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Looking back: Sisters doing it for themselves!

Looking back: Sisters doing it for themselves!

Monday 29 July 2019

Looking back: Sisters doing it for themselves!

Monday 29 July 2019

The Animals' Shelter is one of the oldest and well-known charities in the island, but the philanthropic endeavours of its founders – two sisters from St. Saviour – have been all but lost to the mists of time.

As the island celebrates 100 years since (certain) women were afforded the vote in Jersey, historians cast their minds back to one campaigner in particular who, along with her likeminded sister, joined the fight for both human and animal rights…

“This month marks the 100th anniversary of women being given the right to vote in Jersey. But the movement did not end there; the campaign to give women political equality continued.

In 1924, the Women’s Jersey Political Union (WJPU) lodged a petition asking for full civil and political rights for women in Jersey. One of the committee members of the WJPU was an extraordinary woman called Charlotte Wilson. 


Pictured: The island is celebrating the centenary of women being granted the vote.

A local campaigner and philanthropist, Charlotte was not content with fighting just for political rights, she also spent her time fighting for the welfare of animals and involving herself in social work. 

Charlotte lived in St Saviour’s Road with her sister, Frances. Together, the sisters founded the Jersey Animal Shelter in 1913 after being appalled by the number of domestic animals found washed up on the island's beaches, having been drowned by owners unable to care for them. 

In England, the Society for Prevention of Cruelty to Animals had been founded in 1824 and there is evidence of similar concerns about animal welfare in Jersey during the 19th century. By 1880, there were bequests being given in local wills and testaments to the Jersey Branch of the Society for the Prevention of Cruelty to Animals, which was founded in 1868.

Court records show that J. Picot, the officer of the Society brought prosecutions against individuals who were mistreating their animals, such as that of William Ellis, whose drunken driving of two horses and a carriage in 1884 resulted in the horses falling and one having to be killed.


Pictured: Charlotte also worked to provide a resting spot for dockers in St. Helier (Jersey Heritage).

While the Society appears to have been actively involved in the promotion of animal welfare and employed an officer to investigate cases, it does not seem to have offered a shelter for animals. In 1924, Frances and Charlotte bought 95, St Saviour’s Road. They gifted the property to the Jersey Animal Shelter to be used by the institution to maintain and develop the work begun by the two sisters.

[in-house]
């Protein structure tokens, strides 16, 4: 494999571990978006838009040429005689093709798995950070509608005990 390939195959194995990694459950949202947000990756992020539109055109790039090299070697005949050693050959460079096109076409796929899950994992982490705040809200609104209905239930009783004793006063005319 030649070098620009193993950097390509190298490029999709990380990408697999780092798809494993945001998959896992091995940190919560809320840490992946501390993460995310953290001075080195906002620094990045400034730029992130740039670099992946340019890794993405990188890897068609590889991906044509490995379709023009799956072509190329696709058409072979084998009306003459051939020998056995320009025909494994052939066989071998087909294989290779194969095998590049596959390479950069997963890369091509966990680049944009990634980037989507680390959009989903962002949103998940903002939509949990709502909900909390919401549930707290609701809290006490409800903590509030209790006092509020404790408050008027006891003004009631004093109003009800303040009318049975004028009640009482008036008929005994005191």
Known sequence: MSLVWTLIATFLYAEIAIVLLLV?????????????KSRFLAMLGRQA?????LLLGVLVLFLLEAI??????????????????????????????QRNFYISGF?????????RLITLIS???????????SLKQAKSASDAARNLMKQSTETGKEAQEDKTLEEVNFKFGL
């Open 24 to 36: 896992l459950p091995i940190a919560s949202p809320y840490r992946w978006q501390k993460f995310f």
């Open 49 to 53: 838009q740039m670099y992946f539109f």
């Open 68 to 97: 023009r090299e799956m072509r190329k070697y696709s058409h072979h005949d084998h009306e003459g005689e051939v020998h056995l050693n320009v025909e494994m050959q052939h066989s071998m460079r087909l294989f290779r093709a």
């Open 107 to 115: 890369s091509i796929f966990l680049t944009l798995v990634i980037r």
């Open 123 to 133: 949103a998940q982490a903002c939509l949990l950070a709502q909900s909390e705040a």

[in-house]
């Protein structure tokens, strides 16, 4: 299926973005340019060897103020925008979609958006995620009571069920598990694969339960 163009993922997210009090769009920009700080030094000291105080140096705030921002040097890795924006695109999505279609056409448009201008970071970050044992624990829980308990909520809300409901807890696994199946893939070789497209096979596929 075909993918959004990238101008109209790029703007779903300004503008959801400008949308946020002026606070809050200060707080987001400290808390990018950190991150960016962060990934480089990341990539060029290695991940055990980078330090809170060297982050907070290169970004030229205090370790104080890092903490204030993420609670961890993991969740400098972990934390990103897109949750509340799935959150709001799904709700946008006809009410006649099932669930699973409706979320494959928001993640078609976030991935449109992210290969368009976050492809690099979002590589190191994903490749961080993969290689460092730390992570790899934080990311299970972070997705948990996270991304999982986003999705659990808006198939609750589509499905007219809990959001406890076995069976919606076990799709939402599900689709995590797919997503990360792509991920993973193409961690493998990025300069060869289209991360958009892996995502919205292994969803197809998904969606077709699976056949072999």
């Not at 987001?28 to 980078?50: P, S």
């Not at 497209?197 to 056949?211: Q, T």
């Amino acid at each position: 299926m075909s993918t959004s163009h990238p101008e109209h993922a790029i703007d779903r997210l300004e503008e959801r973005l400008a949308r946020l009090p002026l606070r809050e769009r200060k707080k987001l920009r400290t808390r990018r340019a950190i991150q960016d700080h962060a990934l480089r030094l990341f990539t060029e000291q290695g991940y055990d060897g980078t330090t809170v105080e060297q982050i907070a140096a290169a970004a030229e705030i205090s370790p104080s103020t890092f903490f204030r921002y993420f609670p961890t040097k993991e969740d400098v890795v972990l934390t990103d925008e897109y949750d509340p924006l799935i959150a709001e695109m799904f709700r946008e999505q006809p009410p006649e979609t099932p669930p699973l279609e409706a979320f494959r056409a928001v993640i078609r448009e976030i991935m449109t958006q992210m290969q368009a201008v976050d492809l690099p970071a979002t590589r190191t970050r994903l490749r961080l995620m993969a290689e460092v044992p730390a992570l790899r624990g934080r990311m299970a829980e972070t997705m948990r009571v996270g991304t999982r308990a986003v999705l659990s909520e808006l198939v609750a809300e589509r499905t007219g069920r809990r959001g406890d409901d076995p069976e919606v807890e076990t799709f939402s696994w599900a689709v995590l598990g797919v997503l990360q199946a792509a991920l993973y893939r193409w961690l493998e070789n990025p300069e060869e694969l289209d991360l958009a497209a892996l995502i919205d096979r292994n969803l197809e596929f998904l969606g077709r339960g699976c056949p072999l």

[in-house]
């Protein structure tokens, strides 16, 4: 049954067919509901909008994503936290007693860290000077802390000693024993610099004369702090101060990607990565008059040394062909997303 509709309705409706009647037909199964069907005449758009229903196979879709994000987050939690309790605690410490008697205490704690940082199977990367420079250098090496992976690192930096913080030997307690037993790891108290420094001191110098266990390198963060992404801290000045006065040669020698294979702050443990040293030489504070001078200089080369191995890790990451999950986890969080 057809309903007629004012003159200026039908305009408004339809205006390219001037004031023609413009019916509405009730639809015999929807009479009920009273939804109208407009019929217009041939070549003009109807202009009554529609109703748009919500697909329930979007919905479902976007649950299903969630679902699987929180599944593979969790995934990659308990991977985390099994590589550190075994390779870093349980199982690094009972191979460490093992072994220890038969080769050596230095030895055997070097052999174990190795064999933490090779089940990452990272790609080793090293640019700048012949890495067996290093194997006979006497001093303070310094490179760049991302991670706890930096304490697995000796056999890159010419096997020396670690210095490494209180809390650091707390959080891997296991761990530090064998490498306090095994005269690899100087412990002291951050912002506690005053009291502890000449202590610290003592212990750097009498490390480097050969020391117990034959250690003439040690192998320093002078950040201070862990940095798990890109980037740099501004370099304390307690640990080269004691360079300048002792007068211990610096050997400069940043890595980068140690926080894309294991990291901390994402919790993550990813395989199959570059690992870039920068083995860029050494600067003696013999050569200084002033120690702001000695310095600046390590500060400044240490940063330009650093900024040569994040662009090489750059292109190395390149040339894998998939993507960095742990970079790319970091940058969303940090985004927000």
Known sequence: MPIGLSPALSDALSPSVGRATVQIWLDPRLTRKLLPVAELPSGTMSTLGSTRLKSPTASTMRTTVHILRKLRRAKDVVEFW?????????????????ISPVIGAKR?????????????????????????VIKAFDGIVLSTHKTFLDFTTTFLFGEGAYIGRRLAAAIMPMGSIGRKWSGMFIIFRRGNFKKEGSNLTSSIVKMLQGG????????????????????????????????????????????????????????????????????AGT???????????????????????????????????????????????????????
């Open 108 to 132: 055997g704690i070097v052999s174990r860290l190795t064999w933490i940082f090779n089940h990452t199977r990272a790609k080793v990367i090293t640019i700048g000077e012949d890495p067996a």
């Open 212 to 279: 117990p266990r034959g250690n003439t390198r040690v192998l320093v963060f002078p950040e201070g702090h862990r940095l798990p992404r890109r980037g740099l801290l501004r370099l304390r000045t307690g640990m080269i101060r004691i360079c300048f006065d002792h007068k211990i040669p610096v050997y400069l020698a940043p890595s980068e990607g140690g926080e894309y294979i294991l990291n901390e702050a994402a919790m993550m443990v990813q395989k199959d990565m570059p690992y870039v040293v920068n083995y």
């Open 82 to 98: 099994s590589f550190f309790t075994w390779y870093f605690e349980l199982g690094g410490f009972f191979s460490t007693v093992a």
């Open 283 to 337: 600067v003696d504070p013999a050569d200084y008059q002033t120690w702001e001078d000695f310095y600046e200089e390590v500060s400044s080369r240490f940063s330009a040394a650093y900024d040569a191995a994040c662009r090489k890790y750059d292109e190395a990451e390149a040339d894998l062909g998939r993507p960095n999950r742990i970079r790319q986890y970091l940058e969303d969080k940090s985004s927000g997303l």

It was to be a temporary shelter for abandoned, sick, injured and stray domestic animals; a place where animals could be put to sleep, if necessary, without pain and a place to generally encourage the good treatment of all domestic animals. 

Charlotte was not only an active member of the Women’s Jersey Political Union and a Trustee of the Animal Shelter. In 1918, she established a club called the Sailor’s Rest in Wharf Street for Dockers and harbour workers, who had no place to go other than public houses while they were waiting to load or unload boats. This led to concern that they gambled and drank while waiting for the next ship to arrive.  


Pictured: Charlotte established a club called the Sailor's Rest in Wharf Street (Jersey Heritage).

Charlotte was a member of the sub-committee of the Sailor’s Rest and also became Honorary President of the institution in 1925. The Rest moved to Caledonia Place and then to the New North Quay in 1935.

The Rest’s aim was to offer workers a club “where they can sit and chat or play cards or dominoes. Sometimes concerts are organised which are largely and enthusiastically attended.” The club also hoped to help men “escape some of those competitive temptations which are so likely to occur in other places.”

Charlotte made her will in 1953 and, unsurprisingly, it included a number of philanthropic bequests, including one to the National Canine Defence League. She also bequeathed a number of family effects from the Dent Family (her mother’s family) including the Trafalgar medal of Captain Digby Dent, who served at Trafalgar.”

This story was told as part of a series in collaboration with Jersey Heritage. To uncover more stories like this, visit Jersey Heritage’s Archive.

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